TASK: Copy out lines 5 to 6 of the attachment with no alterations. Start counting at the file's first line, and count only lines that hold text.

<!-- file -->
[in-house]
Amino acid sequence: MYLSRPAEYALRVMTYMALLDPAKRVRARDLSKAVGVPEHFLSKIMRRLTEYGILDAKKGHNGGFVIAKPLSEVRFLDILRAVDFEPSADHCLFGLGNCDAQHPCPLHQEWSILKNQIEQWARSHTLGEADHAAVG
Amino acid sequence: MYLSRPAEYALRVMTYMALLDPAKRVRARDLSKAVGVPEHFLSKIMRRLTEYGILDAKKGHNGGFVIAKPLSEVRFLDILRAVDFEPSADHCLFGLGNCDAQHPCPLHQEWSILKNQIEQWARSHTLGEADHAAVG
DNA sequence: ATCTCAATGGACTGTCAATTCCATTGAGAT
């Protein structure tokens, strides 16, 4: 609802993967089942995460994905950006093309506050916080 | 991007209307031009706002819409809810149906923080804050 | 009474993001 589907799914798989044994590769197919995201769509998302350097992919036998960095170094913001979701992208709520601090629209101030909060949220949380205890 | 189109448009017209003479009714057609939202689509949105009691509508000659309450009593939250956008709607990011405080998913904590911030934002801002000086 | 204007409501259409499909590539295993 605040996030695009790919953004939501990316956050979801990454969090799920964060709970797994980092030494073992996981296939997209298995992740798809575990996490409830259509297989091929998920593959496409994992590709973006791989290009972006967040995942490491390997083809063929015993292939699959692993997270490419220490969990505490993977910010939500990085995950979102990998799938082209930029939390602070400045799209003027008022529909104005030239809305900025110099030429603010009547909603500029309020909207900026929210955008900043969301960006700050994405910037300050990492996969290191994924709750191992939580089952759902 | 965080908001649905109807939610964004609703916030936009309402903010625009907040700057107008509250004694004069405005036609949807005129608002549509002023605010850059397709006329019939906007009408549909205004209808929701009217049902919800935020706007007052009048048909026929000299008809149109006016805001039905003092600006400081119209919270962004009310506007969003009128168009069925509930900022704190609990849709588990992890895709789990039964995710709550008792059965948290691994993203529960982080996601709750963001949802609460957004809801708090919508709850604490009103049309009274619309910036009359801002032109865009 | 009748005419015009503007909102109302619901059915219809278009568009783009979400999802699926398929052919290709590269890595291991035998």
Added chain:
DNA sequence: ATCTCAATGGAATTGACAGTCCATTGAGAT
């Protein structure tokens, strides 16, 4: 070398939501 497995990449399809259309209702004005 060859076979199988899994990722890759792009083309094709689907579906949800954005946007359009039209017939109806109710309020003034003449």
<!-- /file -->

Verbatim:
């Protein structure tokens, strides 16, 4: 609802993967089942995460994905950006093309506050916080 | 991007209307031009706002819409809810149906923080804050 | 009474993001 589907799914798989044994590769197919995201769509998302350097992919036998960095170094913001979701992208709520601090629209101030909060949220949380205890 | 189109448009017209003479009714057609939202689509949105009691509508000659309450009593939250956008709607990011405080998913904590911030934002801002000086 | 204007409501259409499909590539295993 605040996030695009790919953004939501990316956050979801990454969090799920964060709970797994980092030494073992996981296939997209298995992740798809575990996490409830259509297989091929998920593959496409994992590709973006791989290009972006967040995942490491390997083809063929015993292939699959692993997270490419220490969990505490993977910010939500990085995950979102990998799938082209930029939390602070400045799209003027008022529909104005030239809305900025110099030429603010009547909603500029309020909207900026929210955008900043969301960006700050994405910037300050990492996969290191994924709750191992939580089952759902 | 965080908001649905109807939610964004609703916030936009309402903010625009907040700057107008509250004694004069405005036609949807005129608002549509002023605010850059397709006329019939906007009408549909205004209808929701009217049902919800935020706007007052009048048909026929000299008809149109006016805001039905003092600006400081119209919270962004009310506007969003009128168009069925509930900022704190609990849709588990992890895709789990039964995710709550008792059965948290691994993203529960982080996601709750963001949802609460957004809801708090919508709850604490009103049309009274619309910036009359801002032109865009 | 009748005419015009503007909102109302619901059915219809278009568009783009979400999802699926398929052919290709590269890595291991035998």
Added chain: